WINONA – In an article published in the April 1989 issue of Mississippi Pharmacist magazine, Edwin G. “Sonny” Potts predicted that his one-year-old granddaughter, Jenny Claire, would one day be a pharmacist like himself and his daughter, Gay Potts Hammond.
Convinced she would join the “family business,” Potts said, “After all, like mother, like daughter.”
Potts was right. Jenny Claire Hammond Dyre not only graduated from pharmacy school at the University like her mother and grandfather, she recently returned home to Winona to join the pharmacy staff of Hammond’s Pharmacy and Gifts, just as her mother returned to work at Pott’s Howell and Heggie Drug Company in Durant years ago.
After graduating from the University of Mississippi with a degree in Marketing, Hammond went to work for her family’s drug store, but she said eventually, she wanted to do more than just work in the store. She wanted to join her father behind the pharmacy counter, so she returned to pharmacy school.
“I went to pharmacy school knowing I wanted to come back and work with my dad,” Hammond said. “Jenny Claire didn’t have plans to come to work [at Hammond’s Pharmacy and Gifts], until she had a child, but I had always thought she would.”
For Hammond, raising her two children while being a pharmacist was made easier by working with her father at the family business. In Mississippi Pharmacist magazine, Hammond said when her children were sick, she could stay home with them, and her father would be at the store to back her up. Hammond said now that Dyre is a mother of a son, Hammond, working for the family business “is more flexible” than working for a chain pharmacy or in a hospital setting.
For Dyre, growing up at Howell and Heggie helped pave her career path.
“As long as I can remember, I have been in a pharmacy,” Dyre said. “I guess you could say it is in my blood. All through elementary and high school, I always knew I wanted to be a pharmacist, and my dream of achieving that goal never changed. It is extremely special that there are three generations of pharmacists in my family, and I can only hope that tradition will continue with my children one day.”
She said she “loved every minute” of growing up in her grandfather’s store.
“I spent lots of summers in the pharmacy,” Dyre said. “I loved when [my grandfather] would let me count medications, and I also loved working the cash register. He had a gift store as well, just like Mom, so I helped people with gifts, perfume, and makeup out front. When Mom opened up [Hammond’s Pharmacy and Gifts] my senior year in high school, it was like being back in Durant with [her grandfather] Gaga and [grandmother] Doodle.”
Hammond said Dyre, who worked for Walgreens in Madison and for a University of Mississippi Medical Center pharmacy in Jackson prior to coming to Hammond’s, brings with her that experience and “diversified knowledge” of operating in a retail chain environment as well as in an institutional environment.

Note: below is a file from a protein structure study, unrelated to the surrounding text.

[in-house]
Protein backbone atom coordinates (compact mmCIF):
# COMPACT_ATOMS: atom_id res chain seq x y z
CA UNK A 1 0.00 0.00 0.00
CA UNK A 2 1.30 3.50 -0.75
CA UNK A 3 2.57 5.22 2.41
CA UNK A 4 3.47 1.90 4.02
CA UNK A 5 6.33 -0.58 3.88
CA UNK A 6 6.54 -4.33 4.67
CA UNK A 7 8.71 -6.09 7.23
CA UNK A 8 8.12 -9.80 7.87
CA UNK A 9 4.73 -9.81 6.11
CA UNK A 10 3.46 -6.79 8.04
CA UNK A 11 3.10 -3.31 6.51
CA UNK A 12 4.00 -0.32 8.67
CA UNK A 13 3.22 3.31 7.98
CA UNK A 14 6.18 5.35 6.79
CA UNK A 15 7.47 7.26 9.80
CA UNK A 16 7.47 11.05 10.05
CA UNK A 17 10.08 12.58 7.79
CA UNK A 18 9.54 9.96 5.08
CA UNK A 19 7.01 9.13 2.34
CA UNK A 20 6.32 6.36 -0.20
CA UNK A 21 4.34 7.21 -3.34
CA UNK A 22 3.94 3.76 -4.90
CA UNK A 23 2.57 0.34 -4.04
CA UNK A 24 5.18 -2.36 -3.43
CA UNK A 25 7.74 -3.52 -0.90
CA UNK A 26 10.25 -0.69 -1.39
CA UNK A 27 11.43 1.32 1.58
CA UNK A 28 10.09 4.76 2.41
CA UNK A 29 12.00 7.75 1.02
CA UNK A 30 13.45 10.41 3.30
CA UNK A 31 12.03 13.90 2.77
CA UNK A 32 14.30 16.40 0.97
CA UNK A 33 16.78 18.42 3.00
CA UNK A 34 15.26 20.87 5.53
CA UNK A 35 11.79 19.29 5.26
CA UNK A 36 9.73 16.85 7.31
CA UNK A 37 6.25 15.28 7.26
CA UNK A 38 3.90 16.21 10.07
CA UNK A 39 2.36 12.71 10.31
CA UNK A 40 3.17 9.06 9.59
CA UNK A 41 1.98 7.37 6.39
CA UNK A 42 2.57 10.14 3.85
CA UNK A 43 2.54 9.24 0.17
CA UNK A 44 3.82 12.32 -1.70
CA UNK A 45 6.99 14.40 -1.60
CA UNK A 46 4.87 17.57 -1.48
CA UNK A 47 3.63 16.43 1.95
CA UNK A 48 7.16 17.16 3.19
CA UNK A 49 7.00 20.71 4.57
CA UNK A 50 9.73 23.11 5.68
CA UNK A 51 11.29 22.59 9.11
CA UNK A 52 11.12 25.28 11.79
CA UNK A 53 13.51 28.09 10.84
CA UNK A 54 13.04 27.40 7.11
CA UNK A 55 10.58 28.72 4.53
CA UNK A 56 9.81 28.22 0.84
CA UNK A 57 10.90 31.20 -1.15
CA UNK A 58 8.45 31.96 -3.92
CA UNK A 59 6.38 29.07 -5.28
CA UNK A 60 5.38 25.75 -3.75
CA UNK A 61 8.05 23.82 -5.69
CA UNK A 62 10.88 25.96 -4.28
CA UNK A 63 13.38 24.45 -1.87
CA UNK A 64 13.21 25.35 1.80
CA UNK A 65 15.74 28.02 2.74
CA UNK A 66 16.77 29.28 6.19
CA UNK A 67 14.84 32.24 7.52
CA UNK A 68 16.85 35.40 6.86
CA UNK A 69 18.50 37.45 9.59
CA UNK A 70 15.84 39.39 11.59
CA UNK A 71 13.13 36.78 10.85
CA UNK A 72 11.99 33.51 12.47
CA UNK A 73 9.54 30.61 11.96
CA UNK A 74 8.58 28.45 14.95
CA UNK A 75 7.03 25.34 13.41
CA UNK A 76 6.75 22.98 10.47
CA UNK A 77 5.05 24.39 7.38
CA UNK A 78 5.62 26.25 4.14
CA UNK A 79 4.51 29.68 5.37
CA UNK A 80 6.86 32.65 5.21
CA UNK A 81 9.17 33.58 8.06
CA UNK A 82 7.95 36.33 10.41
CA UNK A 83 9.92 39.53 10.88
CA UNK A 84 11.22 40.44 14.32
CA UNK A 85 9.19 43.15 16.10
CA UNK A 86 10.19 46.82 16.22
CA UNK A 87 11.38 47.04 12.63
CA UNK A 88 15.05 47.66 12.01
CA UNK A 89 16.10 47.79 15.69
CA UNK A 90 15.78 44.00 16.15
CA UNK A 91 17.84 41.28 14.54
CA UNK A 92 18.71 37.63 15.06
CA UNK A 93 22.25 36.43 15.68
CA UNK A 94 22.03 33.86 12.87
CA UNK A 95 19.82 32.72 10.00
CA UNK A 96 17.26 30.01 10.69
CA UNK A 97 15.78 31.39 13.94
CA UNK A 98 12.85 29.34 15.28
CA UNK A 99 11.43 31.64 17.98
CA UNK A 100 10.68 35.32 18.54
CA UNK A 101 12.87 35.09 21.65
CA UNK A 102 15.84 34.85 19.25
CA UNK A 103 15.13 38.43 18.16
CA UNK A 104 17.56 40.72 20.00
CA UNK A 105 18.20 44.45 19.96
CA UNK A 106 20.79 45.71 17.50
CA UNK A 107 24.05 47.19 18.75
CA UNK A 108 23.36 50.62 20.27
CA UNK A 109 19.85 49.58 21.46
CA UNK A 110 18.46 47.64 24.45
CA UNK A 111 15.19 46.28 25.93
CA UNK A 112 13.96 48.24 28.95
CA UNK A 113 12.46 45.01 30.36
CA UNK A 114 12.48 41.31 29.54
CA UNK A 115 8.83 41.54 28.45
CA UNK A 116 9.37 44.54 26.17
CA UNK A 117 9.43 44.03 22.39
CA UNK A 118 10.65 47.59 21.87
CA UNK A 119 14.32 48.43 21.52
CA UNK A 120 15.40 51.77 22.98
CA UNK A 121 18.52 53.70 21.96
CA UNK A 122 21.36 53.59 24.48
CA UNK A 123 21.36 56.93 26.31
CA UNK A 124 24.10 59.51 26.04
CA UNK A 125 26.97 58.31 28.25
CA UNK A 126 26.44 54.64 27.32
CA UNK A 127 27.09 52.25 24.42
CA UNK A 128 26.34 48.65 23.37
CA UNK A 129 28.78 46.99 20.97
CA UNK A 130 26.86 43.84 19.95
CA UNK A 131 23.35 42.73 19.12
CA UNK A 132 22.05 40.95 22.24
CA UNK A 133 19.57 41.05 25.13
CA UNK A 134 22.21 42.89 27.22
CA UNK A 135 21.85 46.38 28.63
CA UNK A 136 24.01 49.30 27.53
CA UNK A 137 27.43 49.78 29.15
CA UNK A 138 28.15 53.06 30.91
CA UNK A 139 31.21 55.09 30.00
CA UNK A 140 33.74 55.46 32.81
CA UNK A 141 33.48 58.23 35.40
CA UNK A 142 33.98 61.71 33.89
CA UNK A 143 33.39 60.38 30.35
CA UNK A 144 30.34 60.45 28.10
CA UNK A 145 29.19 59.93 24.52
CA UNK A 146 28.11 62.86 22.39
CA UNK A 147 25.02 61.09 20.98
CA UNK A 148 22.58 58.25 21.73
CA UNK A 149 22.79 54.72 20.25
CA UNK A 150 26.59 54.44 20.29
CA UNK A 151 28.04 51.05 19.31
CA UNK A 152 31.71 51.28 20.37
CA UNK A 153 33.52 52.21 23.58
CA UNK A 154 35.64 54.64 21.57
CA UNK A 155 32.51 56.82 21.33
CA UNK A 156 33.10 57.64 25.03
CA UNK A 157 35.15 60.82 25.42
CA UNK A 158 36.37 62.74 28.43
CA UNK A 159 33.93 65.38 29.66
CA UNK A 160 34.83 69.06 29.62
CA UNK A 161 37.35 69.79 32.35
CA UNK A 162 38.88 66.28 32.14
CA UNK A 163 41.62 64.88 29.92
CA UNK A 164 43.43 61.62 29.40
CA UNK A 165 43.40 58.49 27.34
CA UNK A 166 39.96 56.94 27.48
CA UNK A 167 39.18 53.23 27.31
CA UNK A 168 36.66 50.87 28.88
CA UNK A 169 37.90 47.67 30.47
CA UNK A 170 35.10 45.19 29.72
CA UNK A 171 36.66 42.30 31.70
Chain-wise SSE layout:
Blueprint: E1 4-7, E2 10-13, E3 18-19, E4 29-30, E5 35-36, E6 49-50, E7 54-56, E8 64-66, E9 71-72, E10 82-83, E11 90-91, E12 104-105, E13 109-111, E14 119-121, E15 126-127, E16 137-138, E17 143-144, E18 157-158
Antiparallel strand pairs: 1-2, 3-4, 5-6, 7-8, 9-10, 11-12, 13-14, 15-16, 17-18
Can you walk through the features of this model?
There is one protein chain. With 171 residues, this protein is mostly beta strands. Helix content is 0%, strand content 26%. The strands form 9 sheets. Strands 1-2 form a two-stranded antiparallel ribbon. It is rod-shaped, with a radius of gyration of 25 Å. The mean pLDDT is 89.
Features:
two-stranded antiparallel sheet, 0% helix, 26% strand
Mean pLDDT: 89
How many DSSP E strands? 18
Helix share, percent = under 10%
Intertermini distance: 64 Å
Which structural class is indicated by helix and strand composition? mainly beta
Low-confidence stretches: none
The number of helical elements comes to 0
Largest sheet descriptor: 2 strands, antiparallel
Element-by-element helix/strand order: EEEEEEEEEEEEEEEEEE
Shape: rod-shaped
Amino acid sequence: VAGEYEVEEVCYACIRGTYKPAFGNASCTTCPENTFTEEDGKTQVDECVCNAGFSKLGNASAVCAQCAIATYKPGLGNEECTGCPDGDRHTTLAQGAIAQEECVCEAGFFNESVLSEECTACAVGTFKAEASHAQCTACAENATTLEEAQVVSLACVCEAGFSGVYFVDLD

Dyre said working in the hospital setting, much more than a corporate store, provided invaluable experience.
“I was able to learn about so many different treatments and medications being in the hospital, and I am beyond thankful for that opportunity,” Dyre said.
However, she said working for an independent pharmacy is where she feels she can really assist her patients.
“There is nothing like working in a small, independent pharmacy,” Dyre said. “You have so much more say and control over how to treat and help your patients. You have much more freedom to go above and beyond to make sure that someone has what they need versus corporate saying what you can and cannot do.”
Dyre said she enjoys working with her mother and meeting and serving new patients, and she hopes the experience will help her become a better pharmacist.
“There is so much work that goes into owning and operating your own pharmacy,” Dyre said. “I admire my mom so much for all her hard work. I hope to help her with some of the administrative things that come along with a pharmacy and offer more immunizations and patient services in the future.”
Hammond said having Dyre at the pharmacy frees her up to “do paperwork at home” as well as prepare to build a new pharmacy near the intersection of Jones and Applegate Street in Winona.
“We will be relocating,” Hammond said. “We are building a new store, with everything under the same roof. We are excited about that venture.”
Currently, Hammond’s Pharmacy and Gifts is located in two separate locations to accommodate the store’s growing gift shop. The gift shop is located just down the hill from the original pharmacy location.
“We are hoping to be open by the fall,” Hammond said.
Hammond said Dyre joining the staff also frees her up to spend more time with her father, who is retired and living in Oxford. Wednesday, Hammond, Dyre and grandson, Hammond, spent the day with Potts in honor of his 82nd birthday.
“This is the first year in 60 years that he did not renew his pharmacy license,” Hammond said. “I guess it’s time for another generation to take over.”